• 1986: The one millionth C64 in Germany (05.12.1986) and the six millionth C64 world wide are sold. The casing has been optimized. The old bread box shape is replaced by a rather flat design, similar to the cases of the AMIGAS. Sale of the AMIGA 1000 in March in Germany. Sale of the handheld computer Commodore LCD with integrated programs and the Commodore 610. Sale of the AMIGA extension Sidecars for the expansion port. Furthermore, mobile electronic games were sold under the name Commodore LCD Game (Play & Time).
  • 1987: Reworked models of the PC10/20 are published. Sale of the home computer AMIGA 500 and the professional AMIGA 2000. The Amiga has its own operating system called AMIGA-OS. The PC1 was sold. Award for the AMIGA 500 in the category home computer from the German magazine CHIP.
  • 1988: The AMIGA 2500 and the 80386-PC40/50/60 are sold, but the PC versions PC50/60 were build in commission in Far East. The home computer sector and the PC sector were merged again.
  • 1989: Development of the C65, sort of a combination of C64 and AMIGA.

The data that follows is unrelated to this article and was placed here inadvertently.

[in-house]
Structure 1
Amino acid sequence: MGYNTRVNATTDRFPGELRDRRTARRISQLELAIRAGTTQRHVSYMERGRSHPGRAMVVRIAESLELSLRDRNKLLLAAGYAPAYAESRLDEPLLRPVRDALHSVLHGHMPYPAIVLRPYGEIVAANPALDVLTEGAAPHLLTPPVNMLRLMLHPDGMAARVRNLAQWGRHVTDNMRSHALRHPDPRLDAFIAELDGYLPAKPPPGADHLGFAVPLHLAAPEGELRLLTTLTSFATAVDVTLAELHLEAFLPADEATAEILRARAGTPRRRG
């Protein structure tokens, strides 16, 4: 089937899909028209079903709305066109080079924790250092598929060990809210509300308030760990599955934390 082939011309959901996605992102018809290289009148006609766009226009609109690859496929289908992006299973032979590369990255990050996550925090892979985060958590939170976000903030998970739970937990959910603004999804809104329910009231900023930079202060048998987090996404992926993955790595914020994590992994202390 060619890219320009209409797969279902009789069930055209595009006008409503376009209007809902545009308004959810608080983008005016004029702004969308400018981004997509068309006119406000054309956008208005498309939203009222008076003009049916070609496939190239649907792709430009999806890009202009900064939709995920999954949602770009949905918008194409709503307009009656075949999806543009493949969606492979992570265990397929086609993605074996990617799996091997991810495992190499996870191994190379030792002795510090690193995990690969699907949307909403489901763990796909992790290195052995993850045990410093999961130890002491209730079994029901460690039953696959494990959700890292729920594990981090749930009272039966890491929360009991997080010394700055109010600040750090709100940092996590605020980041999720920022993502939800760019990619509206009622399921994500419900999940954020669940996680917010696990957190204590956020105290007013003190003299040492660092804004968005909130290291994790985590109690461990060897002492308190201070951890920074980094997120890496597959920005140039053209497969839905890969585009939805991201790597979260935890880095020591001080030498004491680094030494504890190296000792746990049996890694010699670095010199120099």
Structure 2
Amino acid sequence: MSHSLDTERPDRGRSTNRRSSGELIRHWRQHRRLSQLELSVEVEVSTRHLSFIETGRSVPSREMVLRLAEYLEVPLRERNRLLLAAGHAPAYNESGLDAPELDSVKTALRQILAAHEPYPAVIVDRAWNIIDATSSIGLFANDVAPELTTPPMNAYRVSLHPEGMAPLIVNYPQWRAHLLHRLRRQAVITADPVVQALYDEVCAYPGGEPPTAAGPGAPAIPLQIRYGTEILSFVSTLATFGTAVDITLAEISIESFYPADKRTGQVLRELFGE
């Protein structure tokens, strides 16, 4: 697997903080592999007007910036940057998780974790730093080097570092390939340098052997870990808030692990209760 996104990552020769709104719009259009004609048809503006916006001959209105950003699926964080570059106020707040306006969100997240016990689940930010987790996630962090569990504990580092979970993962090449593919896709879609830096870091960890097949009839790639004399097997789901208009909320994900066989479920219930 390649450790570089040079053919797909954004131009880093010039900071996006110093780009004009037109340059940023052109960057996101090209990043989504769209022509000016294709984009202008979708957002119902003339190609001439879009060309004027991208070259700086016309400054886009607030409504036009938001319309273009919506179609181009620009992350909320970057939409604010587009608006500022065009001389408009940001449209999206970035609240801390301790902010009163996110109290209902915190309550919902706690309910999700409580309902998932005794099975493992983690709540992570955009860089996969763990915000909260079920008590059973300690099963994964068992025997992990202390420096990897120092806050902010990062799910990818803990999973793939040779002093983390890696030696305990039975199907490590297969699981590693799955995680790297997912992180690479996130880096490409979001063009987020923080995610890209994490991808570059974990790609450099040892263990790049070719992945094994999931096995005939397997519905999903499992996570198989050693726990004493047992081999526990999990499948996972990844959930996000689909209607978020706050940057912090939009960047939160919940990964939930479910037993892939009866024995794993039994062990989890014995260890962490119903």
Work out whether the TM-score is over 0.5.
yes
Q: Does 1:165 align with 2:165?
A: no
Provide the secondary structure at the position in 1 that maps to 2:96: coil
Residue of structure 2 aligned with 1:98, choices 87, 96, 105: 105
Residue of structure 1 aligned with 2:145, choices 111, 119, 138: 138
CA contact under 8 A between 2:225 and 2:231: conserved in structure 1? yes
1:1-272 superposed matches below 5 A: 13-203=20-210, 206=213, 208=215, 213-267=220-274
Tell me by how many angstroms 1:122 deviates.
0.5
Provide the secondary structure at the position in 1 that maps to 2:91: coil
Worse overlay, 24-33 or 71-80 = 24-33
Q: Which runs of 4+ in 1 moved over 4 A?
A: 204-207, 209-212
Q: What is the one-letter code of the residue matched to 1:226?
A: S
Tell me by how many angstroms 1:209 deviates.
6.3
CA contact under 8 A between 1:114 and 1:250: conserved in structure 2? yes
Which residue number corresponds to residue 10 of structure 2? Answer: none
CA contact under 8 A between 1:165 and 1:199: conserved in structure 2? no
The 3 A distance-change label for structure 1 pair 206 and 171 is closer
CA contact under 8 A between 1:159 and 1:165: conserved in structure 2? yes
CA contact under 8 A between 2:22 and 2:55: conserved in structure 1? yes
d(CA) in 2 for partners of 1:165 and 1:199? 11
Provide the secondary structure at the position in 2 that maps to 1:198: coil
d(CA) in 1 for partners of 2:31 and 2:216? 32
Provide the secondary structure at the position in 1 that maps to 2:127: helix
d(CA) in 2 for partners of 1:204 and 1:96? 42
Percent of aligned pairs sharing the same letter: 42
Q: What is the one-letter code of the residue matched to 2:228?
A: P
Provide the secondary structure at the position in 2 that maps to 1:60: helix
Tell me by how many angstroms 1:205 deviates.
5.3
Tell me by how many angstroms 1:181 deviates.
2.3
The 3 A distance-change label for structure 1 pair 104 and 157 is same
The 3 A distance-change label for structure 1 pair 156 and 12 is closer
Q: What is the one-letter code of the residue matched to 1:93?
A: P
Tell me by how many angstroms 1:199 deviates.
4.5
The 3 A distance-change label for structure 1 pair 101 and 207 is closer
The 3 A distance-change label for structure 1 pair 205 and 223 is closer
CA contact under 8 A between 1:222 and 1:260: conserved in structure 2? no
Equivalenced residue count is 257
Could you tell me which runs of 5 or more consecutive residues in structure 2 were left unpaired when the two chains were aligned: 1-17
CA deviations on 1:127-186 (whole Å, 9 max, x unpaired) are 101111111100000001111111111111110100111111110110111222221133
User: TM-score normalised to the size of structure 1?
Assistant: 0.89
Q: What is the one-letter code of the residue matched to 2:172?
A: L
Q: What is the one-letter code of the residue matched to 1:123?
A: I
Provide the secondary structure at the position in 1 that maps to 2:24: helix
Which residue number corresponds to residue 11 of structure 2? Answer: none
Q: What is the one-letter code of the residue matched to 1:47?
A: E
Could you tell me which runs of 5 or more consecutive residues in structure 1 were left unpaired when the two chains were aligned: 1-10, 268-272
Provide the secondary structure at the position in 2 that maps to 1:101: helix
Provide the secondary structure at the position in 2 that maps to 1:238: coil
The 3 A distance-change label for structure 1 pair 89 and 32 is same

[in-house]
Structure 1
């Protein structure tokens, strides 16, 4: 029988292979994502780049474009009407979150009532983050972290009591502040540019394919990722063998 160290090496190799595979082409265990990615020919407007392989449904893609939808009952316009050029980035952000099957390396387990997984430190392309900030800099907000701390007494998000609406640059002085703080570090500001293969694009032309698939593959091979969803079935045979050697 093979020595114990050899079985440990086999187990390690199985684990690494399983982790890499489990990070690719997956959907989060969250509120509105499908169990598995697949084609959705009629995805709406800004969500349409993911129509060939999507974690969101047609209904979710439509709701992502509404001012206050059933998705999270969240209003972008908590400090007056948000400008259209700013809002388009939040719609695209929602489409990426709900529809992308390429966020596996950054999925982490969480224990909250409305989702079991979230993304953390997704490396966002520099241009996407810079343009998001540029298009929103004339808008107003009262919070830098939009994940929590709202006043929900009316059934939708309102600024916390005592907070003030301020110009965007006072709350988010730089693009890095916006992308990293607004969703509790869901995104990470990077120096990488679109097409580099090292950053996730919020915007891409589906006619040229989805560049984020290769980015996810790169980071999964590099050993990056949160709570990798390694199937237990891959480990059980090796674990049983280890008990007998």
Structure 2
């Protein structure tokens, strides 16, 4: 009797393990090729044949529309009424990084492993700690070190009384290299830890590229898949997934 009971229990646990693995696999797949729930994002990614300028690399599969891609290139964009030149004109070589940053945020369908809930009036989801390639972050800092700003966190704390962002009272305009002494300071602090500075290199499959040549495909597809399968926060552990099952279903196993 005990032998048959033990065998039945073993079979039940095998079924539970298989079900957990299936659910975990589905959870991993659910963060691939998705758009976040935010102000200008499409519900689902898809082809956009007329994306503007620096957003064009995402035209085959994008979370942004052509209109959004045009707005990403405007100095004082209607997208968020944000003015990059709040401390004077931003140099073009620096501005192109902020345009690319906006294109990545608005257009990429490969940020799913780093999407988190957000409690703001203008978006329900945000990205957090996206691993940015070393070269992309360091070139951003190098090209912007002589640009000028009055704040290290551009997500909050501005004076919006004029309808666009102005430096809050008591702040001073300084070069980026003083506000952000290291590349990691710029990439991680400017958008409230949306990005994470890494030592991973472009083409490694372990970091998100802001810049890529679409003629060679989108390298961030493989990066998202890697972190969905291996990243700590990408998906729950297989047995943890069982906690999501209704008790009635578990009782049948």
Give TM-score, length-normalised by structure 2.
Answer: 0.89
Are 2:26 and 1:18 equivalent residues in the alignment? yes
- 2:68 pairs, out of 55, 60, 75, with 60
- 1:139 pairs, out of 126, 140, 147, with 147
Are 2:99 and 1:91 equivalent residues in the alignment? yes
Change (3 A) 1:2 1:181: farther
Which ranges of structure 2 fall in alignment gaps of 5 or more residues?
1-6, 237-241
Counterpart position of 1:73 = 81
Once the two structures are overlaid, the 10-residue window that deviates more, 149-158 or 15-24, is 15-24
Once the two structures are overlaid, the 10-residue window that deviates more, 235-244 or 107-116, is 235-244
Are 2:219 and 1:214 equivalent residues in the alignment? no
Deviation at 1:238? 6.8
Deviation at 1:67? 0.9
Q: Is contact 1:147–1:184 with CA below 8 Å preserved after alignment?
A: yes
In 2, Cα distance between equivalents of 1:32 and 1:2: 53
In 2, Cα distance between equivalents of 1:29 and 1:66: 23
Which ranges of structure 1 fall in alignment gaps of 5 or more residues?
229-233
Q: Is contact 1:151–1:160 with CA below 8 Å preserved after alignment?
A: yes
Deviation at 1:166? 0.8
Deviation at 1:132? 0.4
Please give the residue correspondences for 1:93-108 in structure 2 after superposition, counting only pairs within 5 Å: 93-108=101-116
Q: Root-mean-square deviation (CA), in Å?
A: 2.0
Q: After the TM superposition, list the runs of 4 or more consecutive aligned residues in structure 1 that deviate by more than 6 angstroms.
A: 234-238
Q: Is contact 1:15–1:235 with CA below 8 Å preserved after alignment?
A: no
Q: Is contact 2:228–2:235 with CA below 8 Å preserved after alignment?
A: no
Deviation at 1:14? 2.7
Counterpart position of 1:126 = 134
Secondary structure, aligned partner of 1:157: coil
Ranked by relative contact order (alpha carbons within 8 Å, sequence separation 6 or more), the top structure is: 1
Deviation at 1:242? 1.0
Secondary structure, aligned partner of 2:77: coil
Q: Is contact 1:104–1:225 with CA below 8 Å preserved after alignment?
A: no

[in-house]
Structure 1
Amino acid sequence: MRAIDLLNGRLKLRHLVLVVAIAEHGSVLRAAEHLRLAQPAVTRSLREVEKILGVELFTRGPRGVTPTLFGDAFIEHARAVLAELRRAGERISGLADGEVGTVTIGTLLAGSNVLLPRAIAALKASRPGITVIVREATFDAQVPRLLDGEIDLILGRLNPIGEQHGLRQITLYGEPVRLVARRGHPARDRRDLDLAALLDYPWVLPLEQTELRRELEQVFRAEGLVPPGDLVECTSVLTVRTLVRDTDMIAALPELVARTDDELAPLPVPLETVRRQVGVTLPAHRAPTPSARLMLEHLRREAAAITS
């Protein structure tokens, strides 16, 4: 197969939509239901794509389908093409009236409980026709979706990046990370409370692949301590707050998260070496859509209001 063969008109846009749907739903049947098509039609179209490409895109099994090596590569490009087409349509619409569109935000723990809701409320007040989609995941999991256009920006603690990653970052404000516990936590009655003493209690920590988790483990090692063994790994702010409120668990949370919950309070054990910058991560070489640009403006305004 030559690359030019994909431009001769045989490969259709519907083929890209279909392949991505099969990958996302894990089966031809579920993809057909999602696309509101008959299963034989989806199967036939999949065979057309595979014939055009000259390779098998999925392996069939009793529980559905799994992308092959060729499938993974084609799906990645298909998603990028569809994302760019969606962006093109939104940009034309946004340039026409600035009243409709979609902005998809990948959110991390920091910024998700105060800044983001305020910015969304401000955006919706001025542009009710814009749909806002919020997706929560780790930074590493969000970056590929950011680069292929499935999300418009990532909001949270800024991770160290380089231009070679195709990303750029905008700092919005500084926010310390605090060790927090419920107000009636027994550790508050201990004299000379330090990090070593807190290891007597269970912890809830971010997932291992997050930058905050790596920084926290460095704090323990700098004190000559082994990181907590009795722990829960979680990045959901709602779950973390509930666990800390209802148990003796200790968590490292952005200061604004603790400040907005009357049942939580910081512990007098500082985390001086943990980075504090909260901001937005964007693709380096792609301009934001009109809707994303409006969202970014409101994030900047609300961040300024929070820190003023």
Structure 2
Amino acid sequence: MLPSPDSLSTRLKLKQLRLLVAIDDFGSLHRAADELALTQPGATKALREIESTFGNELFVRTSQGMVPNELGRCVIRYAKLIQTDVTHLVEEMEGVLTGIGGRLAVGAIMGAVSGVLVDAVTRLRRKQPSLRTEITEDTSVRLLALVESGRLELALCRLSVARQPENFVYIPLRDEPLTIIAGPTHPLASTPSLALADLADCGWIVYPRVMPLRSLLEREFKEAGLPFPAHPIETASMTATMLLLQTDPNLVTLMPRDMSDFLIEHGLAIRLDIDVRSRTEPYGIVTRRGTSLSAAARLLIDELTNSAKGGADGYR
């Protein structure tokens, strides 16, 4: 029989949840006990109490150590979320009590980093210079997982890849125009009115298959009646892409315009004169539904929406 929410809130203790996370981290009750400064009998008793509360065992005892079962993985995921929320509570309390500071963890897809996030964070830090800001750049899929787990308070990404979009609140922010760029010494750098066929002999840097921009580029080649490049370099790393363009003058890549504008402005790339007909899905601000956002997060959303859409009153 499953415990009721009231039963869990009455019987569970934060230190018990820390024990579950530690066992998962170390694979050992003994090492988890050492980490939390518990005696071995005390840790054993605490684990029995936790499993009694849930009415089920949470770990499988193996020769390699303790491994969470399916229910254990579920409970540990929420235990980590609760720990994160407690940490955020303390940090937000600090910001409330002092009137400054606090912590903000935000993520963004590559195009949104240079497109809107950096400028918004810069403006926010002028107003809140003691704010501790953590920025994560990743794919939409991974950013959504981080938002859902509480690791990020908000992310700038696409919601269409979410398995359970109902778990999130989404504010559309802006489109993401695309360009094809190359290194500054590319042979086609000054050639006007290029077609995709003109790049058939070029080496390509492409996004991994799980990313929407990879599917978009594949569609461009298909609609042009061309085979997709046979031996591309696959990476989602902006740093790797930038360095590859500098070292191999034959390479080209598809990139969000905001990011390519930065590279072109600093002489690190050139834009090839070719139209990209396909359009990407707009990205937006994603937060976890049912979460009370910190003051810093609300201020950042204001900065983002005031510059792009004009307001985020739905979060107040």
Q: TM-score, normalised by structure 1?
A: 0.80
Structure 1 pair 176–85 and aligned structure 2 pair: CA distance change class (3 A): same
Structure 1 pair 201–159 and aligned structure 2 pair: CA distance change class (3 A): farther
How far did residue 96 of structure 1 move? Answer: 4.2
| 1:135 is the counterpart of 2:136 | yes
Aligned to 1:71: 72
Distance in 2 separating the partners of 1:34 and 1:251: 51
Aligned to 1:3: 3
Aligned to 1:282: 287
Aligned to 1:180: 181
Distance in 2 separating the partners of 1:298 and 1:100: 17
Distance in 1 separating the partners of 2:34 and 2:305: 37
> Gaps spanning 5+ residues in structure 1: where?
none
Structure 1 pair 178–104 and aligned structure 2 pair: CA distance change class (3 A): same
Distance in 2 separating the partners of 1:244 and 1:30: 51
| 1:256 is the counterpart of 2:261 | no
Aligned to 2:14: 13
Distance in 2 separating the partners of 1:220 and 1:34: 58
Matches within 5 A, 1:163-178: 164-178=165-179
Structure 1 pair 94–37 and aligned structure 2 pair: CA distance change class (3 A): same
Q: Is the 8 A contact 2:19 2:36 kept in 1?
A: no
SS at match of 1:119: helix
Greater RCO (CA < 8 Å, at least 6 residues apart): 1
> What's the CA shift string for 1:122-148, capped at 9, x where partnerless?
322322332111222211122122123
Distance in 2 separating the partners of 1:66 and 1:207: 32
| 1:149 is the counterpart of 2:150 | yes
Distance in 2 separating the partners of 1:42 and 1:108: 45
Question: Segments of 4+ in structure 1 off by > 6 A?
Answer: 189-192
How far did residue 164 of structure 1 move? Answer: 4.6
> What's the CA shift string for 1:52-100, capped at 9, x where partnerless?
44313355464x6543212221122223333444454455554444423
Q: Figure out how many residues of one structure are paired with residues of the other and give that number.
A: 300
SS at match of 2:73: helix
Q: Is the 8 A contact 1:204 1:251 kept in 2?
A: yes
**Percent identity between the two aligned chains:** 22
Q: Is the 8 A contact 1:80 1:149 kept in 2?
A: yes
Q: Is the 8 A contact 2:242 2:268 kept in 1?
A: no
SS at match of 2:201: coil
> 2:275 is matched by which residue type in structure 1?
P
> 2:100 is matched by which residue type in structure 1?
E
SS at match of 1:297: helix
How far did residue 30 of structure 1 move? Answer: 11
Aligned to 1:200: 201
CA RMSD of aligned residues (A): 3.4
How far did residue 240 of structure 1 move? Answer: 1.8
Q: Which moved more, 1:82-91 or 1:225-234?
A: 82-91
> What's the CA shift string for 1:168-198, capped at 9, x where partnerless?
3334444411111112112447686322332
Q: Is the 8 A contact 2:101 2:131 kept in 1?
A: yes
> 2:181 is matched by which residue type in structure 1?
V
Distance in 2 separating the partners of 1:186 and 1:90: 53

Sponsoring of the Honda 125cc team at the MC Racing championship and of the soccer team Chelsea from England.

The last years[edit | edit source]

  • 1990: Sale of the game console C64 Games System. Production of about 2000 C64 followers C65. Presentation of the CDTV, a video game console and CD player connectable to TV, and of the AMIGA 3000, which could be ordered as a tower, too. Moreover, factories on the Philippines, in Malaysia and South Korea are established during the last years.
  • 1991: The first Commodore Laptop C286LT and the AMIGA 500 plus are launched. Production of the CDTV. The result of a market analysis makes Commodore fear that the C65 could damage the sale of the AMIGA models. Consequently, only about 200 prototypes of the C65 are built.